Abu Dhabi
A direct but long (16 hours) flight brought me from LA to Abu Dhabi, the capital of the UAE and its largest emirate.
Having read that Arab countries may refuse entry to people who traveled to Israel, I was a bit nervous coming to the UAE with a passport that had a few Israeli stamps. But my worries were unwarranted: the immigration process was one of the fastest I went through.
The reason I came to the Emirates wasn’t so much for sightseeing, but rather to visit my son who resides here and to finally meet my daughter-in-law.
Still, I had my Brompton with me and, defying the heat and surprising humidity, I cycled around Abu Dhabi to see the few attractions it has to offer.

The two main attractions, besides malls and amusement parks, are Sheikh Zayed Grand Mosque and Le Louvre Abu Dhabi. The Mosque is the largest in the country and is stunningly beautiful, both during the day and at night.

Le Louvre in this iteration is a teaser for novice museum-goers: it has a little bit of everything in an attempt to hook one up on cultural values. Throughout the museum we were haunted by the smell of camels: maybe a fragrance is sprayed so we don’t forget where we are after all.

My son and I drove to Al Ain, a desert oasis on the border with Oman. During the whole trajectory, we were driving in a sandstorm, mild but nonetheless a storm. We reached Al Ain at roughly 11 am and it was already hard to tolerate the heat. Al Ain is a UNESCO World Heritage site and has few noteworthy places to visit. After we saw a couple of forts and the Palace Museum, the heat drained us and we took a break in a local restaurant – less for food, more for A/C. Having cooled down, we went to an oasis near another museum. We took a couple of wrong turns and by the time we finally got to the museum we were close to a heat stroke, so we skipped it, got back to our car, and drove back to Abu Dhabi.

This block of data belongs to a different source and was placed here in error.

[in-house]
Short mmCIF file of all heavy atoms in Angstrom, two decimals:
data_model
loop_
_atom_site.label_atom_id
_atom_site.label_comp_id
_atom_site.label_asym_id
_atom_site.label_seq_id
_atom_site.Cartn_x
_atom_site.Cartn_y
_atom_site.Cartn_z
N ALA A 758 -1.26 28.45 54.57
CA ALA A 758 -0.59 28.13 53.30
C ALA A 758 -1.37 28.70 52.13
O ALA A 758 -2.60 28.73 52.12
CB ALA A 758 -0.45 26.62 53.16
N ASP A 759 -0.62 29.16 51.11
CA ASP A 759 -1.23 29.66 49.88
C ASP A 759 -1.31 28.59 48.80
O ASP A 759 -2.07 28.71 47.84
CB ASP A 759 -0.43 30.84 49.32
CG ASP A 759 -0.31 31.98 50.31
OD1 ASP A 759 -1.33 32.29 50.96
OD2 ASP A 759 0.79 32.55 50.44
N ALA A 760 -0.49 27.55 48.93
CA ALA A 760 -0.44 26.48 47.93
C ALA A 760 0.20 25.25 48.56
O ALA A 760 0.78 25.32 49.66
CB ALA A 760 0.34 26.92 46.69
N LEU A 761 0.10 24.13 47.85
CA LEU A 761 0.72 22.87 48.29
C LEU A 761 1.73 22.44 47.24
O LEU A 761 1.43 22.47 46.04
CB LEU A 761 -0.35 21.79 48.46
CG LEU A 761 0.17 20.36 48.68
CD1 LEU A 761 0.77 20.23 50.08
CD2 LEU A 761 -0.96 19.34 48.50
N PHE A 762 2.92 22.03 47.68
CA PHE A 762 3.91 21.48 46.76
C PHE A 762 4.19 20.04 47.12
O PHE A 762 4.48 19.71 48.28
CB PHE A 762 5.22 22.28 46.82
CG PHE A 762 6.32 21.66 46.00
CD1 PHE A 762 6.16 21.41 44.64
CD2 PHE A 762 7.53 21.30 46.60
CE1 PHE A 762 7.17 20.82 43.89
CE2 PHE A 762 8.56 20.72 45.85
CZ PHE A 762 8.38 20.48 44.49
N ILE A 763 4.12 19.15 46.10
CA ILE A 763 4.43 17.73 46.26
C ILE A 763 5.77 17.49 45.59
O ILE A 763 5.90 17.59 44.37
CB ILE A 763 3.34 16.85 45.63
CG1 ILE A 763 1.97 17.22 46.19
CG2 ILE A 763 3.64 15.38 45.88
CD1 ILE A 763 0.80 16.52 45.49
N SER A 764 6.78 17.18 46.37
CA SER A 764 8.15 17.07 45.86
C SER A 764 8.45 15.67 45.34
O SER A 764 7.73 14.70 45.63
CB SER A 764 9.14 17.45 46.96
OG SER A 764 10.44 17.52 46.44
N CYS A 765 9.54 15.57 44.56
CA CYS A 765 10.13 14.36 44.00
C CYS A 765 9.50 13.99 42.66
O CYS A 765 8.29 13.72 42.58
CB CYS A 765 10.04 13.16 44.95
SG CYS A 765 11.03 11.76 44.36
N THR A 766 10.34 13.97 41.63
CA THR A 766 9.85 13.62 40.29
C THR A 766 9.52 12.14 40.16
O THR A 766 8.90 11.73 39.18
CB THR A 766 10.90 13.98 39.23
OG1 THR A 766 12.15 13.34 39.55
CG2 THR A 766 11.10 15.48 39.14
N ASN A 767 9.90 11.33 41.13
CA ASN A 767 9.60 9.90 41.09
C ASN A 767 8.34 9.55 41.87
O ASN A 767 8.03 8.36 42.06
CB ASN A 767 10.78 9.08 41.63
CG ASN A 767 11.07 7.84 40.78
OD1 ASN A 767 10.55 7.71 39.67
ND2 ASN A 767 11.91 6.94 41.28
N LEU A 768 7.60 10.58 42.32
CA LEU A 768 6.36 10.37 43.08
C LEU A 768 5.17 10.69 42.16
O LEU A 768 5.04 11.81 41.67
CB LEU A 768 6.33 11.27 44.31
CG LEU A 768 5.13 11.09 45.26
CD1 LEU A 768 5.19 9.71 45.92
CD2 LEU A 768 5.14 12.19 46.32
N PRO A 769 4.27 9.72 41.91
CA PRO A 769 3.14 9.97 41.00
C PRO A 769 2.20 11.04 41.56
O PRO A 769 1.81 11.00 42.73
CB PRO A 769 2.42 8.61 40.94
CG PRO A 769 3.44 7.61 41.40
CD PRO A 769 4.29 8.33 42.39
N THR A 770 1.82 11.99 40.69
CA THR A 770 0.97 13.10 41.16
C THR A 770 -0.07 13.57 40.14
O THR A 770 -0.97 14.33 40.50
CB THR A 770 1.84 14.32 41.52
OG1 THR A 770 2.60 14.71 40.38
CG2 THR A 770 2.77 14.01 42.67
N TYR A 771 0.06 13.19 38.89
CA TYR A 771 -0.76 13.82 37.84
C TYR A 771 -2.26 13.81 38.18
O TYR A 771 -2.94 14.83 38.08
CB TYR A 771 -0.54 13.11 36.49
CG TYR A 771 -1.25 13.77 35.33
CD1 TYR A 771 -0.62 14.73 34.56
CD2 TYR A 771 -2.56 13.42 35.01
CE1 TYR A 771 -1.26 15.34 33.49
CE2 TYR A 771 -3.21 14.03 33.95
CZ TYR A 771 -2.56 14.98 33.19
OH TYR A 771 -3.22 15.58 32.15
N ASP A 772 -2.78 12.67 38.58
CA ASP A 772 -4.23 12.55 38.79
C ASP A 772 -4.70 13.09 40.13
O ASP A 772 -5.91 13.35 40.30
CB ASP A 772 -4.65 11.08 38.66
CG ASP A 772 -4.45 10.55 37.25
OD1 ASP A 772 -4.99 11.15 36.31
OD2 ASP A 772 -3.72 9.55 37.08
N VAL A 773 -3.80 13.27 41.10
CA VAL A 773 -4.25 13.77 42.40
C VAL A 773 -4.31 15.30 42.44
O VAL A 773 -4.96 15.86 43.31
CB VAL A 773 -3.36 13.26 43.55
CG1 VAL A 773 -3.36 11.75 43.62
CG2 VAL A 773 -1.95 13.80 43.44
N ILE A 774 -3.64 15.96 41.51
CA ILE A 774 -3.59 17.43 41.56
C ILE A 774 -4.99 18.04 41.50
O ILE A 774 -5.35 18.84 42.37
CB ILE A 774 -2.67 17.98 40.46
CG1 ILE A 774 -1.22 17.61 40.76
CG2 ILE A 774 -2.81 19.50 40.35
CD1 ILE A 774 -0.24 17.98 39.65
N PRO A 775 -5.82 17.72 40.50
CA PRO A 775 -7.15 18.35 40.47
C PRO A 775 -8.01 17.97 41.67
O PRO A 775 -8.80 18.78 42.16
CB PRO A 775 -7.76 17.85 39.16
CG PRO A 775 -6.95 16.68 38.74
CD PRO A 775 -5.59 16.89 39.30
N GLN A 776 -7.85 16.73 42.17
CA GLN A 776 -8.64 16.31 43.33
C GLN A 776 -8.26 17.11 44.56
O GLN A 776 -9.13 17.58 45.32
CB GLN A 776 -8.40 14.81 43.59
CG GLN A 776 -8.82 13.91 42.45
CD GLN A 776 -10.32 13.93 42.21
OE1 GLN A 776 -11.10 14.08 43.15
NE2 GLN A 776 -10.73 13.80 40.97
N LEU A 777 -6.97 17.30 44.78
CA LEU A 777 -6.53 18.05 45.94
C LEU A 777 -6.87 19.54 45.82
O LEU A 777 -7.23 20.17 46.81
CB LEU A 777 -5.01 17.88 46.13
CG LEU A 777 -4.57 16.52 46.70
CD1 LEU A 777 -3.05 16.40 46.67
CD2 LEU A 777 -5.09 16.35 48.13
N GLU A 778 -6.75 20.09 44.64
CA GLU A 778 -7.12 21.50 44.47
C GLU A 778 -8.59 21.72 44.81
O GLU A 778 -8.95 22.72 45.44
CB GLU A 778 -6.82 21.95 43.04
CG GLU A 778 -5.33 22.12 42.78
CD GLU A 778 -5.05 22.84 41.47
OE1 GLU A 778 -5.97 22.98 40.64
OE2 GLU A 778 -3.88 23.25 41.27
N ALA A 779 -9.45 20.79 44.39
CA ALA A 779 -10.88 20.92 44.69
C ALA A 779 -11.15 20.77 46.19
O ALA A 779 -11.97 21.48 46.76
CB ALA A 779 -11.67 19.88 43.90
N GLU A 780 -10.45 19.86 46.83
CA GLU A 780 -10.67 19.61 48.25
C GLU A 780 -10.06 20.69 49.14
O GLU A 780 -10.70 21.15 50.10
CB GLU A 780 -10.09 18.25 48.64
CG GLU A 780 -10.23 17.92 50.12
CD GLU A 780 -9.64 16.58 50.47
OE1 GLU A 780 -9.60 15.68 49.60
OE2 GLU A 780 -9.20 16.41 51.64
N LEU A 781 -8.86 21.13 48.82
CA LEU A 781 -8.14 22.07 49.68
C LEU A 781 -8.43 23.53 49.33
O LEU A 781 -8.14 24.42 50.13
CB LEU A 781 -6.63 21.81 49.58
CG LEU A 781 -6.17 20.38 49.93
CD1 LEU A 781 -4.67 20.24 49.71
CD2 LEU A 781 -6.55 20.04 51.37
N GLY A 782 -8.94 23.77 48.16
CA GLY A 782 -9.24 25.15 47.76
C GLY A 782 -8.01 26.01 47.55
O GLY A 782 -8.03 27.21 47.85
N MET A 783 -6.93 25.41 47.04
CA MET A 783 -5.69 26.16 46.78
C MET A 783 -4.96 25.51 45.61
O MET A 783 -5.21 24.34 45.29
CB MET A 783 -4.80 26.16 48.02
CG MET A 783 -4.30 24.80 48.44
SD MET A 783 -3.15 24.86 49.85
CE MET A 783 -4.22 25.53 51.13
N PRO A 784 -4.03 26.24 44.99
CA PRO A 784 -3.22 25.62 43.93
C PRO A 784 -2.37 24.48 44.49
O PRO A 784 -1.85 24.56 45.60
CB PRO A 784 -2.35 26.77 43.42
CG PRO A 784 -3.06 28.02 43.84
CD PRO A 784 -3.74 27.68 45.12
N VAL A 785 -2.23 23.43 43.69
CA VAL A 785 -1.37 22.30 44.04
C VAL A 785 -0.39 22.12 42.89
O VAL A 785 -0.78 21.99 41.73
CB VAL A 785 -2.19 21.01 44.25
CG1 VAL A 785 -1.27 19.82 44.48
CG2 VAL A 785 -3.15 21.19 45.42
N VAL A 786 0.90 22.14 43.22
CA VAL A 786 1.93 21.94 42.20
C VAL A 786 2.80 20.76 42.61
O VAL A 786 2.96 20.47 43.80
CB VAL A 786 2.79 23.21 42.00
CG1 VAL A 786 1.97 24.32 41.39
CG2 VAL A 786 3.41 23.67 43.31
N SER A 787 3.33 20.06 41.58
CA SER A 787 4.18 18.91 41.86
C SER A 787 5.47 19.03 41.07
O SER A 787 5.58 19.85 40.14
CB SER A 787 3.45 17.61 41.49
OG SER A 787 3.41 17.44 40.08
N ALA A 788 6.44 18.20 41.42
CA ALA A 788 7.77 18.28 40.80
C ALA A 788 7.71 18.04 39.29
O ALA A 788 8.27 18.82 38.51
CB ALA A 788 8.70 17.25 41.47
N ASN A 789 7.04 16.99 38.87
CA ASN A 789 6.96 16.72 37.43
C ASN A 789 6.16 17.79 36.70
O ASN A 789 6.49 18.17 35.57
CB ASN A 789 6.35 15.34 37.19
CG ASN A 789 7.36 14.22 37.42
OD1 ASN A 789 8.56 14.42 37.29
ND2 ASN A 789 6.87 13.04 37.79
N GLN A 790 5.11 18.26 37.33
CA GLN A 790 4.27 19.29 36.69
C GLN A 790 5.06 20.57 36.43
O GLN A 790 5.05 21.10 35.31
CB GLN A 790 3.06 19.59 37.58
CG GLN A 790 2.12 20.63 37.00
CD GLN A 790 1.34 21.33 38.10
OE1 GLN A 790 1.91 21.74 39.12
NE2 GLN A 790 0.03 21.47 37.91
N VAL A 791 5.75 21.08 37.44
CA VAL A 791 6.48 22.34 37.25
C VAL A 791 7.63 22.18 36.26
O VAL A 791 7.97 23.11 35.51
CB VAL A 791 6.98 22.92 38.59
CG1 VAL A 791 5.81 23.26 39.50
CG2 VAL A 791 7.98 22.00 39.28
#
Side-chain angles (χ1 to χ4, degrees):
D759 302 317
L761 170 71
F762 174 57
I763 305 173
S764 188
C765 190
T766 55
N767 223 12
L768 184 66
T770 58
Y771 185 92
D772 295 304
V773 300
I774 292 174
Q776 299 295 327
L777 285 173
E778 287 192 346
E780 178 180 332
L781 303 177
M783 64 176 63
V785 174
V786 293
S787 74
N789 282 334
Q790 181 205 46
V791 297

A desert safari a.k.a. dune bashing was fun. With camel feeding and riding, sand-boarding, and watching a belly dance performance, it made a great night out.

Abu Dhabi in numbers:

90 km – distance cycled
87% – of UAE territory is Abu Dhabi emirate
15 – billion US is the estimated worth of Sheikh Khalifa bin Zayed al-Nahyan, the ruler of Abu Dhabi
41000 – worshippers can visit Grand Mosque at the same time during Eid
20% – are Emirati citizens, the rest are expatriates

A short drive away from Abu Dhabi is Dubai, the second largest emirate, and the most populous one. There’s little oil left there, so its economy depends on tourism and real estate, for which it is most famous: everyone probably heard of Burj Khalifa and Burj Al Arab.
Dubai is quite different from Abu Dhabi: bigger, taller, faster, glitzier, busier, fancier. It has the feel of Las Vegas.
We started the day at old Dubai in gold and spice souks – there was nothing particularly fascinating but it was particularly hot walking around. We paid a quick visit to the Dubai Frame, a useless kind of edifice. We finished the day by watching La Perle, yet another water show from Franco Dragone. Beside the fact I had difficulty keeping my eyes open due to jet lag, I lost the plot early on and there was nothing that really grabbed my attention throughout the show. It’s not a bad show, it just didn’t wow me.

I didn’t give up on riding my Brompton despite the heat – I got up very early morning (still jet-lagged) and set off from Dubai Marina towards Burj Khalifa. It was slightly windy when I began pedaling but the wind quickly picked up. A sandstorm was coming. It’s OK if you are inside a car but not so much on a bicycle. Soon enough, I could barely see the cityscape, including my final point of destination: the tallest skyscraper in the world, Burj Khalifa. When I finally got there, my mouth, eyes, hair, beard, shoes, and pockets were full of sand. Supposedly, it’s unusual to have back to back sandstorms around here: I got “lucky”!

Because it was windy and dusty in Dubai, we didn’t feel like going outdoors but also didn’t want to be stuck in the hotel room. We drove to the neighboring Sharjah emirate to visit the Museum of Islamic Civilization. It wasn’t especially interesting to us, but as a time killing it was fine.